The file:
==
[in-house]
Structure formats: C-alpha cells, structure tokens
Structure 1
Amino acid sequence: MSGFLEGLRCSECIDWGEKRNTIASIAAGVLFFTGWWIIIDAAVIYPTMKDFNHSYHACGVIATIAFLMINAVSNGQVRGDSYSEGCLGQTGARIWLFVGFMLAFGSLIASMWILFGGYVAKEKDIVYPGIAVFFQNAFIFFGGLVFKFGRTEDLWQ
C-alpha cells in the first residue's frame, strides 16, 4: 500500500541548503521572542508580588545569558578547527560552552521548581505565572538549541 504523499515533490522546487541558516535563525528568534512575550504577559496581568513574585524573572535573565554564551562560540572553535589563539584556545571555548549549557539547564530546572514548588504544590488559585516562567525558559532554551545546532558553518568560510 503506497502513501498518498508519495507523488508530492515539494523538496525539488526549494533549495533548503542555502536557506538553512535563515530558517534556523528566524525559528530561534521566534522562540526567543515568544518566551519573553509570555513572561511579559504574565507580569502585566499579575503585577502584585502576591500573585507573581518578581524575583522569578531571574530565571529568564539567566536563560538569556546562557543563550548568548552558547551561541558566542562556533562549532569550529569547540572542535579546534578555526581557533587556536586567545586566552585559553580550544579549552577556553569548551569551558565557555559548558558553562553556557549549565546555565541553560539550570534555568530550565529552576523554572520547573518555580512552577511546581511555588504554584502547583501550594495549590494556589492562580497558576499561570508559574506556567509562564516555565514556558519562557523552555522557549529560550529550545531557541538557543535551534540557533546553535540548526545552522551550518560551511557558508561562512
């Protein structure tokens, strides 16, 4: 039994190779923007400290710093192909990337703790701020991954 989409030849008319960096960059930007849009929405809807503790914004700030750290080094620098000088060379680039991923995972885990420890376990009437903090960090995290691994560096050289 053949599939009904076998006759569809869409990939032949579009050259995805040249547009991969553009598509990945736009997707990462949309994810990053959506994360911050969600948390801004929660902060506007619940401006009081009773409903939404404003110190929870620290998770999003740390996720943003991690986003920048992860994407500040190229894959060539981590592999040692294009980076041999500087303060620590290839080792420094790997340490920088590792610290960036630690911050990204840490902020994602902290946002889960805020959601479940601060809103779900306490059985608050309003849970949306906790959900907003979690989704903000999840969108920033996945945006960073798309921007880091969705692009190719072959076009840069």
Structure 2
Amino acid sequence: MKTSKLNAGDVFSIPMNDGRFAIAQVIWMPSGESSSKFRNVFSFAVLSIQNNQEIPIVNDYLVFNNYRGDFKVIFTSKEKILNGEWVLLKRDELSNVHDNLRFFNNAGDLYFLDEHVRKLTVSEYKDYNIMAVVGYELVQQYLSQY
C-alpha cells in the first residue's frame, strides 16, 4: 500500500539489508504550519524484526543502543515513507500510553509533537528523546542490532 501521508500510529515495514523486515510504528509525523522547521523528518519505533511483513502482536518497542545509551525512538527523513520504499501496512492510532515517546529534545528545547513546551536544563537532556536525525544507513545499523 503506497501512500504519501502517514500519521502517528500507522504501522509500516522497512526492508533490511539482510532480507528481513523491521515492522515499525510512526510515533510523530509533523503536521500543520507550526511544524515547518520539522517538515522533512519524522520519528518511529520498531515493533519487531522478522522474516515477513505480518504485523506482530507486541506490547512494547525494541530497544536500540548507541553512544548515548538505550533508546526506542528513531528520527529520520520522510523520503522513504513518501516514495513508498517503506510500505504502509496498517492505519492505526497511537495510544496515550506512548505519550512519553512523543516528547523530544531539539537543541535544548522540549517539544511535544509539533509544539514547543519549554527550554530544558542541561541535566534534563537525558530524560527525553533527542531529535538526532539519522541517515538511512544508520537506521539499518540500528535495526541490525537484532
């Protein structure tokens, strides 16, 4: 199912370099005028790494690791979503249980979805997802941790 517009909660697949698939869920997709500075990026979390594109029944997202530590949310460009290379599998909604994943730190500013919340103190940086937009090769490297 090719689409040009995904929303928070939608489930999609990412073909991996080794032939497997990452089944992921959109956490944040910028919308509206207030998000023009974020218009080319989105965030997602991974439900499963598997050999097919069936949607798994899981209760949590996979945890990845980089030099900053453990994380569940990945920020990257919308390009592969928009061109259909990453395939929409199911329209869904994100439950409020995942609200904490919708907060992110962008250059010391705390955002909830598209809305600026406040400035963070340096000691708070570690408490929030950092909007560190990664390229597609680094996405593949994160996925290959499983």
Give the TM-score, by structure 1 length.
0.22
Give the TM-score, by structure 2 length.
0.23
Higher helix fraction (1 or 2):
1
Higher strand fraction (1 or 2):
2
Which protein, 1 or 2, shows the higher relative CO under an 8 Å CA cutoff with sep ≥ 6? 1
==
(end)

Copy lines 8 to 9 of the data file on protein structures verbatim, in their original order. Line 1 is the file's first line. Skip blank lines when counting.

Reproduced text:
Amino acid sequence: MKTSKLNAGDVFSIPMNDGRFAIAQVIWMPSGESSSKFRNVFSFAVLSIQNNQEIPIVNDYLVFNNYRGDFKVIFTSKEKILNGEWVLLKRDELSNVHDNLRFFNNAGDLYFLDEHVRKLTVSEYKDYNIMAVVGYELVQQYLSQY
C-alpha cells in the first residue's frame, strides 16, 4: 500500500539489508504550519524484526543502543515513507500510553509533537528523546542490532 501521508500510529515495514523486515510504528509525523522547521523528518519505533511483513502482536518497542545509551525512538527523513520504499501496512492510532515517546529534545528545547513546551536544563537532556536525525544507513545499523 503506497501512500504519501502517514500519521502517528500507522504501522509500516522497512526492508533490511539482510532480507528481513523491521515492522515499525510512526510515533510523530509533523503536521500543520507550526511544524515547518520539522517538515522533512519524522520519528518511529520498531515493533519487531522478522522474516515477513505480518504485523506482530507486541506490547512494547525494541530497544536500540548507541553512544548515548538505550533508546526506542528513531528520527529520520520522510523520503522513504513518501516514495513508498517503506510500505504502509496498517492505519492505526497511537495510544496515550506512548505519550512519553512523543516528547523530544531539539537543541535544548522540549517539544511535544509539533509544539514547543519549554527550554530544558542541561541535566534534563537525558530524560527525553533527542531529535538526532539519522541517515538511512544508520537506521539499518540500528535495526541490525537484532